By Pauline Anderson
Tim Avery’s two sons, now 19 and 22, have always had a healthy respect for over-the-counter (OTC) drugs. “Even as teens they would take cold medicine only if necessary, but their usual response to colds and the flu was vast amounts of orange juice,” says the Toronto dad. “It’s not so much anything I had done to make them drug-shy,” he says, explaining both boys have had experience with prescription medication to treat recurring conditions and have had regular appointments with doctors and specialists. “I guess you could sum up their medical awareness by saying they’re smart kids.”
Talking with your teen is a good start to helping him understand what’s in the family medicine cabinet, says Dr. Stan Kutcher, a professor of psychiatry at Dalhousie University and Sun Life Financial Chair in Adolescent Mental Health at Halifax’s IWK Health Centre. “One thing parents should be doing as part of their health literacy education for their kids is to help them understand how to use medicines properly.” If you aren’t sure how to explain it yourself, Dr. Kutcher recommends asking a pharmacist. “They are professionals who are there to help educate you about the proper use of medicines.”
“By and large, all things considered, kids can take adult doses of most OTC medicines around the time of puberty,” says Dr. Kutcher. Some parents, though, find it hard to relinquish control, even when it comes to treating run-of-the-mill aches and pains, says Dr. Miriam Kaufman, a pediatrician specializing in adolescent medicine at Toronto’s The Hospital for Sick Children and author of Helping Your Teen Overcome Depression: A Guide for Parents (Key Porter).
And there are no clear instructions for teens — just pediatric or adult doses. For some medications the adult dose is three times the pediatric amount. While child doses are, for the most part, determined by milligram per kilogram of weight, in contrast, the adult dose of most medications is one size fits all. Teens might prefer to stick to half a pill instead of a whole one, even though they are fully grown, but more often adolescents over-medicate, says Dr. Kaufman. “Kids, especially those in families with an ethos that says that when something’s wrong, you take a pill, might be starting to think that the answer to everything is in a medicine bottle.” Dr. Kaufman’s advice for teens is “to take the adult dose if you’re as big as most adults, or to take the kids’ dose if you’re smaller than a lot of your friends.”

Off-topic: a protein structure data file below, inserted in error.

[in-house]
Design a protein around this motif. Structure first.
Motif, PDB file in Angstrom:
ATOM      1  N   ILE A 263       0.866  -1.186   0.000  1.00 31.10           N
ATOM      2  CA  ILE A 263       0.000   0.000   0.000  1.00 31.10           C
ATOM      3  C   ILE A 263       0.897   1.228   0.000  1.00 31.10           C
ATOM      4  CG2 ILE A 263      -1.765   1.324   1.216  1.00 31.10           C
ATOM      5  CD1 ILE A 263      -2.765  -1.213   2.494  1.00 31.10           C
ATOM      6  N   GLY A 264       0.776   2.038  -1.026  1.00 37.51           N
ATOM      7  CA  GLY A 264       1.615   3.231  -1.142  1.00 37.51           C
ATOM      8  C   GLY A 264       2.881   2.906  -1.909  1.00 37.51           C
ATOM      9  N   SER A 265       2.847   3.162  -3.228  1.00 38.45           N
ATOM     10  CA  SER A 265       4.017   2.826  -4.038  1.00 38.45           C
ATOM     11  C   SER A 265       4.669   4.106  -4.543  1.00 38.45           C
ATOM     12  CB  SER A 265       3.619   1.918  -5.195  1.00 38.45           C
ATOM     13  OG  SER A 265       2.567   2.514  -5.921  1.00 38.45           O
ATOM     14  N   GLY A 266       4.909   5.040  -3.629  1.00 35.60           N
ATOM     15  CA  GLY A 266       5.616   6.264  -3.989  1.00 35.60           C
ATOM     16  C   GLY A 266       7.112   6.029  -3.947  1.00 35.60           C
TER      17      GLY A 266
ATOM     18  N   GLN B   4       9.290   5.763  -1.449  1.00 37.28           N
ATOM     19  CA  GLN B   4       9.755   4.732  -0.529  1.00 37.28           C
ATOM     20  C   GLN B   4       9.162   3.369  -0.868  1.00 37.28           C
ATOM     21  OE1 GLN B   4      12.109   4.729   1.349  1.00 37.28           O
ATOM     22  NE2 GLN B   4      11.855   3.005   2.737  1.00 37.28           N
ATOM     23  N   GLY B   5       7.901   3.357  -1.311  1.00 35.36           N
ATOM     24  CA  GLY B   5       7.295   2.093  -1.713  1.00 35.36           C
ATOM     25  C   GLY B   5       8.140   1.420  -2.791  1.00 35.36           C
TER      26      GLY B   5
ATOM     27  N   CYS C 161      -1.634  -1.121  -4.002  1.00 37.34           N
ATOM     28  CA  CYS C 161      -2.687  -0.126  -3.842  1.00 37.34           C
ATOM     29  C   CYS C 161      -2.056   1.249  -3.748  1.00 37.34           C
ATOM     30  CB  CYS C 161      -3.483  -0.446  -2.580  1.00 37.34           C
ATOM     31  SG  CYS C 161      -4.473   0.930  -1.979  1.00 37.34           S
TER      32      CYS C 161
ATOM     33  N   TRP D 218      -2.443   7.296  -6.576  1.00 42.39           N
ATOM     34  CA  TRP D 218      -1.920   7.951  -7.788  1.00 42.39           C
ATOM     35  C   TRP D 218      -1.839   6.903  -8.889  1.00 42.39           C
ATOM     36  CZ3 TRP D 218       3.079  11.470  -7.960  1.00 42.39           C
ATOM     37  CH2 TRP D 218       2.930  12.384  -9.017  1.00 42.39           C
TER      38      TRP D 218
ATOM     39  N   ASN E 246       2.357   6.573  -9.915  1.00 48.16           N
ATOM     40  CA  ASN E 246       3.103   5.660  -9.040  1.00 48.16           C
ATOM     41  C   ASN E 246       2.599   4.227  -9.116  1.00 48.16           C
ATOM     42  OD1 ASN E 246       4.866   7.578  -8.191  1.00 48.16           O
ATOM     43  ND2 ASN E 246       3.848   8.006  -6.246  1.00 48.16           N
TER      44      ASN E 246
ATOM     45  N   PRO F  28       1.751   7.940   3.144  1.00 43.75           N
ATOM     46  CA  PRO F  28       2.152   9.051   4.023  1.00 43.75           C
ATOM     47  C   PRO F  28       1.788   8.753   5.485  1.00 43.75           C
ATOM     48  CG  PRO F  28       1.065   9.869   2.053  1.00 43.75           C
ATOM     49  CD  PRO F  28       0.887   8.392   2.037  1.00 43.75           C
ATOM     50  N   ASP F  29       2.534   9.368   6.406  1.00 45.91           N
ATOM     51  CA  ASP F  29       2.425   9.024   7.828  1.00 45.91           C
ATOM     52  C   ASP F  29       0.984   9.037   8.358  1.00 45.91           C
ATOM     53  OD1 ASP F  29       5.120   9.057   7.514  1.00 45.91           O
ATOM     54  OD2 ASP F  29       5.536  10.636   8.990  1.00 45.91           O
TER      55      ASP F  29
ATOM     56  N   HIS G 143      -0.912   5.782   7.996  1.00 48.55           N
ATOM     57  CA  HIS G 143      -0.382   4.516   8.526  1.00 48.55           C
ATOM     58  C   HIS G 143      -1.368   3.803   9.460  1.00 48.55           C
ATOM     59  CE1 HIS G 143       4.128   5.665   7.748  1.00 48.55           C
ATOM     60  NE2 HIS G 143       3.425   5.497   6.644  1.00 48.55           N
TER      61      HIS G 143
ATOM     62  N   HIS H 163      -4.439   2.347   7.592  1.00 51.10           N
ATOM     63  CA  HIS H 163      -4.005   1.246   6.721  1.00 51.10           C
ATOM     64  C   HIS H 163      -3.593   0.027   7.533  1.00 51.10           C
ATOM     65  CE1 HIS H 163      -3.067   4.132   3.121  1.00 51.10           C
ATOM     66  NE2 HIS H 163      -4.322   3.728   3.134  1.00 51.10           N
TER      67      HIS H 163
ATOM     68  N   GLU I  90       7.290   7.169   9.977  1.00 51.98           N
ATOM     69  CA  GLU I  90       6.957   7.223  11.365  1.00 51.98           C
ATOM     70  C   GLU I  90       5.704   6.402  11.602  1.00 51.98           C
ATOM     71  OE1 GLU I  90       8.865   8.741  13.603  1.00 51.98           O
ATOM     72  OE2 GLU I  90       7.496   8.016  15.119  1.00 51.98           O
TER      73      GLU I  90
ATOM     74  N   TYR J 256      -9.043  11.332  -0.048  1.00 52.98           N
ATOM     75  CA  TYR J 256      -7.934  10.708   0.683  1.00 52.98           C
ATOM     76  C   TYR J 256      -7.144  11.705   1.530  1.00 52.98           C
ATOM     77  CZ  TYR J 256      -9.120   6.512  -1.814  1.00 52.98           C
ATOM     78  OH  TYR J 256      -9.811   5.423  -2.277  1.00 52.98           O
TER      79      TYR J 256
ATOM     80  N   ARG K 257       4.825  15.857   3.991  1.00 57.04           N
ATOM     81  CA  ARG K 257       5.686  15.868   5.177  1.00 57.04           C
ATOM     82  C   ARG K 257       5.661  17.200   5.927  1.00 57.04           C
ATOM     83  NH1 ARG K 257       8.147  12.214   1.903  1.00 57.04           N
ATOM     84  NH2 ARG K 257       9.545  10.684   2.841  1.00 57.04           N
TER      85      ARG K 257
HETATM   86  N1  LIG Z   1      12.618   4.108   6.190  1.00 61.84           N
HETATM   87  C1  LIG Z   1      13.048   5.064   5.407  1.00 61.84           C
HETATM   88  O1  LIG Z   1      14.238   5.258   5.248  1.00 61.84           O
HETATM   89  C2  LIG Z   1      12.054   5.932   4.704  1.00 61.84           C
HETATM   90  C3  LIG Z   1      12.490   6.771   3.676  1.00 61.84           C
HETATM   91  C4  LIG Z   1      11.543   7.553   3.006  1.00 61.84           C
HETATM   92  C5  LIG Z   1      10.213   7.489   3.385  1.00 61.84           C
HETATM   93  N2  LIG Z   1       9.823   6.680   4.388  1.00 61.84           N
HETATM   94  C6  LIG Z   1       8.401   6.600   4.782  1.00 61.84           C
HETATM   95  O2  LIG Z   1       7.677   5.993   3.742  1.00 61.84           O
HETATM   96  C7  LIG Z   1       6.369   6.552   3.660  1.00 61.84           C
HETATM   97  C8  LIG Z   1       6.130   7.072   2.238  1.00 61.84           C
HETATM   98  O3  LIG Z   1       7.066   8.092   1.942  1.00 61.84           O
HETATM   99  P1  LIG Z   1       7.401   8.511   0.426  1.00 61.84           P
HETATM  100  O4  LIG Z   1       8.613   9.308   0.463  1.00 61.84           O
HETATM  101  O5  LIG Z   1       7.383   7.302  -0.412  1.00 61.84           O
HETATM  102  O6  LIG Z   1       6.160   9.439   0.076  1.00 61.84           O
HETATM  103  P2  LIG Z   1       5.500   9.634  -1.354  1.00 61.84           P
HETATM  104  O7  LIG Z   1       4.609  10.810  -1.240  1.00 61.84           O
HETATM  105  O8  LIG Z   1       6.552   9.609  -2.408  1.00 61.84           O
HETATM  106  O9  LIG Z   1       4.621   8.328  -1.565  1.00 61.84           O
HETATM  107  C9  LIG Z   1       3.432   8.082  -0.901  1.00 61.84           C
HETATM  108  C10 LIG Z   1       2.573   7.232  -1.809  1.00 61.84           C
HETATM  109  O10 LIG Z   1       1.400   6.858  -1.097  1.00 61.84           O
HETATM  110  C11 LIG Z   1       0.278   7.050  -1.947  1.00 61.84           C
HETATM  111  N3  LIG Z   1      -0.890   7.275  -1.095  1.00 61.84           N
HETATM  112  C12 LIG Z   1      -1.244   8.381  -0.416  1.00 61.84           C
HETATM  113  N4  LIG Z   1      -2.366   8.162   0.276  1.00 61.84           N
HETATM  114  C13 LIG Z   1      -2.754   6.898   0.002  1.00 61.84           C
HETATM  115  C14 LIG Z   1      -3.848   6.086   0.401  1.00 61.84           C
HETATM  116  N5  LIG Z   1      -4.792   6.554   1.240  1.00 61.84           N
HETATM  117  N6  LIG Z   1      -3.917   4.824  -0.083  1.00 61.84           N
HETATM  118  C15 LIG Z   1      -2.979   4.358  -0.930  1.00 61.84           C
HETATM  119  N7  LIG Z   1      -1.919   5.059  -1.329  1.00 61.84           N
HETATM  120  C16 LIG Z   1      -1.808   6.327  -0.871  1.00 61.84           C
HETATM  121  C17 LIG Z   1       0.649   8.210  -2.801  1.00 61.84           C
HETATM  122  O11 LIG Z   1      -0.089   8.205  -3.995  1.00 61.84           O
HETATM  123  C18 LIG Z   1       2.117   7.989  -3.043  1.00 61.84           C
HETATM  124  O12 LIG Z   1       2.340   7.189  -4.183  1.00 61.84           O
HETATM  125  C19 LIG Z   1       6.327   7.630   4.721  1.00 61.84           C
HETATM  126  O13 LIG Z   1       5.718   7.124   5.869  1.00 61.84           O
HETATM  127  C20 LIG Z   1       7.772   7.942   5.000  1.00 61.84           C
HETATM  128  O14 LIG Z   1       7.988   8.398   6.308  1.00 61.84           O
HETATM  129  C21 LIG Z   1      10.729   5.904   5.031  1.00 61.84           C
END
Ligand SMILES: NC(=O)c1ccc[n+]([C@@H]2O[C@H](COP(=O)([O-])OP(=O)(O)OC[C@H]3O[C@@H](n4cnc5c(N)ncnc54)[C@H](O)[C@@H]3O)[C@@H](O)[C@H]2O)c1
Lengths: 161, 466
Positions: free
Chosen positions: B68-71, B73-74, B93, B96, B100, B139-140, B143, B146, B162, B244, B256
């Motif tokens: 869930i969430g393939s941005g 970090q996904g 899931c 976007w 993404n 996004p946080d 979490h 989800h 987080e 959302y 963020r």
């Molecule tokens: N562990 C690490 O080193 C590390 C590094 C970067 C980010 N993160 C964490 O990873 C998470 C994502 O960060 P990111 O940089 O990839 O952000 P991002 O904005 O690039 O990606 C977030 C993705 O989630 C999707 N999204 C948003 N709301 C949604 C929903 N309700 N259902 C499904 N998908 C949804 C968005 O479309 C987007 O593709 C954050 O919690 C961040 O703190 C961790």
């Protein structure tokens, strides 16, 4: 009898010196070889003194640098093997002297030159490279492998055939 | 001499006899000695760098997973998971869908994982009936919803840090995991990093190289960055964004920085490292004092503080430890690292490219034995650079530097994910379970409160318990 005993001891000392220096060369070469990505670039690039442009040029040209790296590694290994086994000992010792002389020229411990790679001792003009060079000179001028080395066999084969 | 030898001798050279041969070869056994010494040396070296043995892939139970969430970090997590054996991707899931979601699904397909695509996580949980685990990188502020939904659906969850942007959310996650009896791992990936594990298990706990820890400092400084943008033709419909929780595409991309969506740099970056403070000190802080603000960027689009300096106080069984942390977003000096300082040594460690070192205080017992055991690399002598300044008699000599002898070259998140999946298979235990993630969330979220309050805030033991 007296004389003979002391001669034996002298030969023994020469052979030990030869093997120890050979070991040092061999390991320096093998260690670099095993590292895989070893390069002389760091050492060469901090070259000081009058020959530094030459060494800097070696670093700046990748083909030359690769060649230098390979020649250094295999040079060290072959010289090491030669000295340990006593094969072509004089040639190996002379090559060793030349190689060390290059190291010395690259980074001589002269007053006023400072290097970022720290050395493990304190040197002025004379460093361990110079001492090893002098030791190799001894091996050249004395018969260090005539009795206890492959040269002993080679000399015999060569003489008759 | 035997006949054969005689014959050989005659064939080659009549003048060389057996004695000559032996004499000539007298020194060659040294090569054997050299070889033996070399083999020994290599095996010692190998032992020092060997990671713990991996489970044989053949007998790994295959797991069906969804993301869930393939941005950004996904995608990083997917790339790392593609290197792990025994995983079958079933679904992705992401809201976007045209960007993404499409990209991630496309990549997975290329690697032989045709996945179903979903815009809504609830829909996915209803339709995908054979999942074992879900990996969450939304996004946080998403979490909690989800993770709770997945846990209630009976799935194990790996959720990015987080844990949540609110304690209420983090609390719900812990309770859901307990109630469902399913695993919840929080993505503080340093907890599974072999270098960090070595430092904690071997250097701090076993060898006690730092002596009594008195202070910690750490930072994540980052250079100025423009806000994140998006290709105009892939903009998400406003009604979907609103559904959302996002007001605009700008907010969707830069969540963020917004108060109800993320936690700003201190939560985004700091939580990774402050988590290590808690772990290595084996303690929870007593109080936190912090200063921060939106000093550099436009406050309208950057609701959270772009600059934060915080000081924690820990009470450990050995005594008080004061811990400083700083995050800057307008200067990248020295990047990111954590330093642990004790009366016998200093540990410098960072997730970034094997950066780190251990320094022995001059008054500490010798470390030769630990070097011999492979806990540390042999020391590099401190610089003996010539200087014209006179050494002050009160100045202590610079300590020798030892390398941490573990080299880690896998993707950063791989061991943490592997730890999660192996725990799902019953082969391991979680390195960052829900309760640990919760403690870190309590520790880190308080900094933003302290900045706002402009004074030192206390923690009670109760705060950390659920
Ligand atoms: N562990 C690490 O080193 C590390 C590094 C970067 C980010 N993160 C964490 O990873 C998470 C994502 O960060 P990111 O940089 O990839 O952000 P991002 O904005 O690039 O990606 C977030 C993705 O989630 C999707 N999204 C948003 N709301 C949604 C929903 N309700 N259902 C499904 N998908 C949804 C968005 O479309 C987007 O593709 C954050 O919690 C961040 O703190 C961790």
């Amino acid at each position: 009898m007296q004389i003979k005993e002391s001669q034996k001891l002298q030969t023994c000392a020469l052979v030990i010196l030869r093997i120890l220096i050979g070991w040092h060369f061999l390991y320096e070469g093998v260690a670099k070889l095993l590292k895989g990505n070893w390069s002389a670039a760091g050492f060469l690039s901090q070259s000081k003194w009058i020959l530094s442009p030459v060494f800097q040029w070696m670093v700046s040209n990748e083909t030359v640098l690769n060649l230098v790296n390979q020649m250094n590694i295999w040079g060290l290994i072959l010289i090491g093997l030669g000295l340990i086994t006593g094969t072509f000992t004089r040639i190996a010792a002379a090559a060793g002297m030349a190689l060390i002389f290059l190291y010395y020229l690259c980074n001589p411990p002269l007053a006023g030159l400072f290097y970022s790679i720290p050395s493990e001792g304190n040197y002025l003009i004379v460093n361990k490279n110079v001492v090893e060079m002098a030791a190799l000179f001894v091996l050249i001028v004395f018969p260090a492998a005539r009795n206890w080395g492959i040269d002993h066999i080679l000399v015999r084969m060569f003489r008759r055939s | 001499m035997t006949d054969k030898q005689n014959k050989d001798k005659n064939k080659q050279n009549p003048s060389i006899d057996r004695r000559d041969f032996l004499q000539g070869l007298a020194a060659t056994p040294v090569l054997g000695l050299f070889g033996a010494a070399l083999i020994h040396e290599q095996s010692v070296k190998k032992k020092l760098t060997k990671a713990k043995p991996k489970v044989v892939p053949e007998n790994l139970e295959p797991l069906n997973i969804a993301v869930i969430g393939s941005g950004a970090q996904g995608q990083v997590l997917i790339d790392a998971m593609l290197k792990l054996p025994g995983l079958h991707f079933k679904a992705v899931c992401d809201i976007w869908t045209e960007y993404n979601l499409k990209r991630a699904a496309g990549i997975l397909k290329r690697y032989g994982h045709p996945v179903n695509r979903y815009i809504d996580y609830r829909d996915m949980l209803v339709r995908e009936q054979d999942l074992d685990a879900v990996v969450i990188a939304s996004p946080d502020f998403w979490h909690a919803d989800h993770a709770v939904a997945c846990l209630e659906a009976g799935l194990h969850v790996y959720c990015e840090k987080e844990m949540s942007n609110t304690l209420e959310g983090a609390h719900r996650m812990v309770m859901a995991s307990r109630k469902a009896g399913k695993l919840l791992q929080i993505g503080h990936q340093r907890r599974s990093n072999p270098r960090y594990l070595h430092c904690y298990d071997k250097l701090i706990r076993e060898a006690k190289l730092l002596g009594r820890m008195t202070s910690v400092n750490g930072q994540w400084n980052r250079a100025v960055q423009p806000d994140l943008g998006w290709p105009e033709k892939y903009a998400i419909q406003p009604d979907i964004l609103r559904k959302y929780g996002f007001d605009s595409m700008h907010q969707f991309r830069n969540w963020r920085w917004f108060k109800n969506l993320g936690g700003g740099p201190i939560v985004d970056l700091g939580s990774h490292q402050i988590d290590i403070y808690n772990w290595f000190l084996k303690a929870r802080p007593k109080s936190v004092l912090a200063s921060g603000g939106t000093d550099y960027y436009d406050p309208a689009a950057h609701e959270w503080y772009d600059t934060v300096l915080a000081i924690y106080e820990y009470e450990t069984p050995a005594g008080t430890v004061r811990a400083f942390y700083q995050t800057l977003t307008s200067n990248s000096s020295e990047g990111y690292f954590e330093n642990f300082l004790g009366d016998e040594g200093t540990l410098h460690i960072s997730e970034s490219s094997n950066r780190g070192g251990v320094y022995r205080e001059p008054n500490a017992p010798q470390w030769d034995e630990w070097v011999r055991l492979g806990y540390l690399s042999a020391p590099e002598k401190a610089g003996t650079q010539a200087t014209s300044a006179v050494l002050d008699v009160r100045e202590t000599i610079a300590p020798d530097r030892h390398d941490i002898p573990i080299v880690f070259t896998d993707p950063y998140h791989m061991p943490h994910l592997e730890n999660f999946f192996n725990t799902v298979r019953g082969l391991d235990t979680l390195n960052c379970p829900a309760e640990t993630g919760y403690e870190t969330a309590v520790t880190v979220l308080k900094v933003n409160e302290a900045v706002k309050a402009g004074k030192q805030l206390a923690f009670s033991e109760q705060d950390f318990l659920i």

Another issue is that teens may not take the appropriate medication for what ails them. For example, adolescents might take
an Aspirin (acetylsalicylic acid, an anti-inflammatory) to control vomiting. “Doctors see young people who are depressed and have been taking Aspirin or ibuprofen (also an anti-inflammatory) because they don’t know what else to take and they figure it’s going to make them feel better,” says Dr. Kaufman.
According to a 2009 survey by Ontario’s Centre for Addiction and Mental Health (CAMH), seven percent of teens reported using certain OTC cough and cold medications to get high during the past year. One recurring fad among high school students is to dissolve an Aspirin in Coca-Cola before drinking it to get a buzz, says Dr. Kutcher. He adds that while it might have a placebo effect, it doesn’t produce a “high.”
Teens may also misuse cough and cold medicines that include dextromethorphan, a cough suppressant that when abused produces feelings of detachment as well as distorting a person’s perception of sight and sound. It can also produce confusion, dizziness, drowsiness, nausea, vomiting, increased heart rate, hallucinations, anxiety and overheating.
Dr. Robert Mann, senior scientist at CAMH, says the abuse of OTC medications by teens has only recently attracted attention due to new available data. “It’s happening out there, and there is the potential for problems,” says Dr. Mann, co-author of the CAMH survey. He cautions parents to be aware of what’s in their medicine cabinet and that they “should keep an eye on what’s being used and for what purpose.” If you are concerned or suspicious, make it clear to your teen that using these medications recreationally can have serious consequences. Parents can also discuss their concerns with their pharmacist or physician, he says.